4/8 – Electrical equipment: power harmonics, power factor

November 30th, 2009 | Posted in Power quality
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How Power Factor and Harmonics relate to Energy Efficiency?

In an AC distribution system, the maximum active power is transmitted to a load when voltage and current are undistorted and in phase.

When voltage and current are phase-shifted as illustrated on figure 2, the instantaneous power P = V x I is negative during the intervals where the signal signs are opposite. The average power is then reduced compared to the situation where the signals are in phase.

Fig 2: Variation of sinusoidal voltage, current and power

With a distorted current as illustrated on figure 3, the instantaneous power is negative or close to zero during a significant period of time. The average power is then reduced compared to the situation where the signals are undistorted.

Fig 3: Variation of distorted voltage, current and power

So, phase displacement and harmonics mean that the power transfer to the load is not maximized for a given value of r.m.s. current. In other words, the current circulating in the electrical circuits is higher than what is strictly necessary for transmitting the active power to the machines. This is the meaning of a low Power Factor.

For illustration, the diagrams of figure 4 present voltage and current wave forms for different situations, but with the same active power P transmitted to the load. With DPF = 0.7 or THDi = 100%, the r.m.s current is increased by more than 40% for the same active power.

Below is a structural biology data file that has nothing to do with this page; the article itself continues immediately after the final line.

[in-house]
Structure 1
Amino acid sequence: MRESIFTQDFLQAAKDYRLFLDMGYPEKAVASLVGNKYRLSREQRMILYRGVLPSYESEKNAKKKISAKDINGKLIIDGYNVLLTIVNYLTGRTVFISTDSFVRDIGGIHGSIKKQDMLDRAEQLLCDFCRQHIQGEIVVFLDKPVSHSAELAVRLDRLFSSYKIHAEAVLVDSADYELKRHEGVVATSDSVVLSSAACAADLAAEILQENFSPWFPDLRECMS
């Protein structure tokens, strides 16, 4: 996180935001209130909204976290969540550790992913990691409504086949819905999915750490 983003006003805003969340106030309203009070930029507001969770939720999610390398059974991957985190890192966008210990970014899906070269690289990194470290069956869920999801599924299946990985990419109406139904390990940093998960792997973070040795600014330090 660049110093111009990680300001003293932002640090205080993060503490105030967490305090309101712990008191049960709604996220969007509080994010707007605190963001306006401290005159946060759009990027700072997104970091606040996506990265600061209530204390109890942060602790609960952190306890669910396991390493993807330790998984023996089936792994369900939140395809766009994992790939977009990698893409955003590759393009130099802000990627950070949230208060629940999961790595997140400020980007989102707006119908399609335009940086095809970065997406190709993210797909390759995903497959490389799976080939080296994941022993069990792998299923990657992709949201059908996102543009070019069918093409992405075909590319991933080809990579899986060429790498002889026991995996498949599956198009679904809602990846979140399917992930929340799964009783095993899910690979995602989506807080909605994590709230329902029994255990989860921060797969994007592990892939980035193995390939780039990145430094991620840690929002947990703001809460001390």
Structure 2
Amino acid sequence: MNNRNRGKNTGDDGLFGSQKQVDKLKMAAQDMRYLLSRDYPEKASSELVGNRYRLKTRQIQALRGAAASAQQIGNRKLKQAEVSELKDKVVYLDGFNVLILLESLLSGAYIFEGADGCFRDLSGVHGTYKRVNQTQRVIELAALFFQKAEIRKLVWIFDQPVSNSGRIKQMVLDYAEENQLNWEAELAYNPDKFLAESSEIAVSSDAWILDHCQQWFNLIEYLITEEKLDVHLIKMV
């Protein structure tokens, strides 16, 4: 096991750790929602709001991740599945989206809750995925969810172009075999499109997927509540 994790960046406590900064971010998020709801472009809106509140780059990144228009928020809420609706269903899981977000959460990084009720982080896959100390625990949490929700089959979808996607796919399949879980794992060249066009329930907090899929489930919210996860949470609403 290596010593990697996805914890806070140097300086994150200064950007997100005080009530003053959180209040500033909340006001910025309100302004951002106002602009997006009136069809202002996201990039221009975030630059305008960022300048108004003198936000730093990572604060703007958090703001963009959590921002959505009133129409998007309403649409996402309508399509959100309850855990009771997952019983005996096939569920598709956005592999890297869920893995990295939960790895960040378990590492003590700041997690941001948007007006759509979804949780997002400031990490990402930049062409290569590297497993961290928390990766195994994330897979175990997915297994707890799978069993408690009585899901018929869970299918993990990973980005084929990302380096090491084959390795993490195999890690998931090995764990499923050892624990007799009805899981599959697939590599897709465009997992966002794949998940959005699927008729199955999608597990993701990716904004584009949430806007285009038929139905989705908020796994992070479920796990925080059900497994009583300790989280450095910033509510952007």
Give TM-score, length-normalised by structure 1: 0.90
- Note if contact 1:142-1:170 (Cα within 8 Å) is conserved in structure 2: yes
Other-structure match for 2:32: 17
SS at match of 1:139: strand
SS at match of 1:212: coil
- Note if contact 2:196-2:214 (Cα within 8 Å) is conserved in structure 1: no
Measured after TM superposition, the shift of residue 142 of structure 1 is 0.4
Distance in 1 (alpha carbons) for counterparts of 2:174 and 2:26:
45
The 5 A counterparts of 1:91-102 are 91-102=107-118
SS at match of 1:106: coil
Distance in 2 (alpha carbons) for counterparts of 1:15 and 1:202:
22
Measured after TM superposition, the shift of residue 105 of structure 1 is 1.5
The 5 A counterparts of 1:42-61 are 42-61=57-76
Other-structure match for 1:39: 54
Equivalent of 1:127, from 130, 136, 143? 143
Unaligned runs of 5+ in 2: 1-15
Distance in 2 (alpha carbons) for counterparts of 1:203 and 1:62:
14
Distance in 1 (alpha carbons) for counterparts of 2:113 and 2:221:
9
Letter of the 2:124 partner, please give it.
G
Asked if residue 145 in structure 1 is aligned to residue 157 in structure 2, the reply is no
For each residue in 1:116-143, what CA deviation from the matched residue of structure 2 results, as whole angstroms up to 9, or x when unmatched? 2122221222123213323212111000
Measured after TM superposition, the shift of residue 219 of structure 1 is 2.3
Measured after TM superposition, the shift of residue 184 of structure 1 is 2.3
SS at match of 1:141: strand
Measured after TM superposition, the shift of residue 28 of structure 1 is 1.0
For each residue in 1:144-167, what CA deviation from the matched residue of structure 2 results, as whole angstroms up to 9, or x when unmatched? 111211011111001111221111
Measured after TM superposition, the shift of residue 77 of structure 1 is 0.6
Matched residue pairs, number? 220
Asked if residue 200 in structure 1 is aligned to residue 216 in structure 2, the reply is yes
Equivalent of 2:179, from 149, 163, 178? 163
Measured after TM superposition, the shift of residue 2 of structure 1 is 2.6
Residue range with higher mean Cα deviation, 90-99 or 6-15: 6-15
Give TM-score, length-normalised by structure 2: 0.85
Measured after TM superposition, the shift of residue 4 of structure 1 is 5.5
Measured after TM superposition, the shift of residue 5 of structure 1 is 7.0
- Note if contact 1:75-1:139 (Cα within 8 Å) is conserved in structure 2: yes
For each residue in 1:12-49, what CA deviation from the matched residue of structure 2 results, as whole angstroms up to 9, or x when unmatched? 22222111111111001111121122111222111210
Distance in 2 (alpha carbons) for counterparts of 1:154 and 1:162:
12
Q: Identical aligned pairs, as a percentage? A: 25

Fig. 4: different situations impacting the Power Factor

The higher current means additional losses, more CO2 emission, premature electrical equipment ageing, higher electricity cost, higher electrical equipment cost, voltage fluctuations …

Another major consequence of power harmonics is the deterioration of the supply voltage quality. The circulation of harmonic currents through the system impedance creates voltage harmonics resulting in voltage distortion. This may impact the operation of sensitive equipment.

That is why Power Factor Correction (PFC) and a proper power harmonic mitigation will contribute to improve competitiveness of companies in different ways:

• Reduced system losses and demand power,
• Reduced risks of outage,

Jacques Schonek

Comment(s) to “4/8 – Electrical equipment: power harmonics, power factor”

1. sengottuvelu says:

very usefull

3. Tahnoon. M says:

please send me these related matters i.e, harmonics & power factor related matters?

4. Laxmikant Nagvekar says:

Very usefull information

5. sucharitha says:

yes,,it is very much usefull.

6. prachi godbole says:

please send me data regarding harmonic filter design

7. nagendra sahu says:

this is very import for electrical engg

8. SAGAR PJ7 says:

nice info….
but usage of videos for explaination must be prefered…
thanx….

9. Rami Dipak says:

It’s wonderful information and use full for user and suppler.

10. May Channa says:

dear sir,
i would like to know how we choose circuit breaker of capacitor bank?
i also need the calculation of it.